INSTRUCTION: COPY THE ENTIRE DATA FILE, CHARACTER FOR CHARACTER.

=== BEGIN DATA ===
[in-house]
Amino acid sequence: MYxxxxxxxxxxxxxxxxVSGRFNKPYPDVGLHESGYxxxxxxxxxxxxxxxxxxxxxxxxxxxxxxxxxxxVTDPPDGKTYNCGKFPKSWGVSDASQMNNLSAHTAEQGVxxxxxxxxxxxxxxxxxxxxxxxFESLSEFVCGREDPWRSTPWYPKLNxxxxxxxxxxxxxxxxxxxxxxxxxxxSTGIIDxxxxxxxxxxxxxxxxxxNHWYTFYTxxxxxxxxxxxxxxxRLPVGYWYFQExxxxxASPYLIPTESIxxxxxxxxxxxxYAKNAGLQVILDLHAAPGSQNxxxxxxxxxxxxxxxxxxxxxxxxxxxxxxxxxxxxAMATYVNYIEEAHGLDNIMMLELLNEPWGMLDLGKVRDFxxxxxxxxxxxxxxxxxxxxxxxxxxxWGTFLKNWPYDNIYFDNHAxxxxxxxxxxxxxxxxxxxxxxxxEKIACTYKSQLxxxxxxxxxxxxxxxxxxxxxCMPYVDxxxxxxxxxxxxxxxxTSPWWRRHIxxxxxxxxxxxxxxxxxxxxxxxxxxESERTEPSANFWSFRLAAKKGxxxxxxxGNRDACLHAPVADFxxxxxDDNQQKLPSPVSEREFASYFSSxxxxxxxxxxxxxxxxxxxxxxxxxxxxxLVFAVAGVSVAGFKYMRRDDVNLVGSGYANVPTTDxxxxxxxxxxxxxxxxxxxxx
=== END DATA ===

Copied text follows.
[in-house]
Amino acid sequence: MYxxxxxxxxxxxxxxxxVSGRFNKPYPDVGLHESGYxxxxxxxxxxxxxxxxxxxxxxxxxxxxxxxxxxxVTDPPDGKTYNCGKFPKSWGVSDASQMNNLSAHTAEQGVxxxxxxxxxxxxxxxxxxxxxxxFESLSEFVCGREDPWRSTPWYPKLNxxxxxxxxxxxxxxxxxxxxxxxxxxxSTGIIDxxxxxxxxxxxxxxxxxxNHWYTFYTxxxxxxxxxxxxxxxRLPVGYWYFQExxxxxASPYLIPTESIxxxxxxxxxxxxYAKNAGLQVILDLHAAPGSQNxxxxxxxxxxxxxxxxxxxxxxxxxxxxxxxxxxxxAMATYVNYIEEAHGLDNIMMLELLNEPWGMLDLGKVRDFxxxxxxxxxxxxxxxxxxxxxxxxxxxWGTFLKNWPYDNIYFDNHAxxxxxxxxxxxxxxxxxxxxxxxxEKIACTYKSQLxxxxxxxxxxxxxxxxxxxxxCMPYVDxxxxxxxxxxxxxxxxTSPWWRRHIxxxxxxxxxxxxxxxxxxxxxxxxxxESERTEPSANFWSFRLAAKKGxxxxxxxGNRDACLHAPVADFxxxxxDDNQQKLPSPVSEREFASYFSSxxxxxxxxxxxxxxxxxxxxxxxxxxxxxLVFAVAGVSVAGFKYMRRDDVNLVGSGYANVPTTDxxxxxxxxxxxxxxxxxxxxx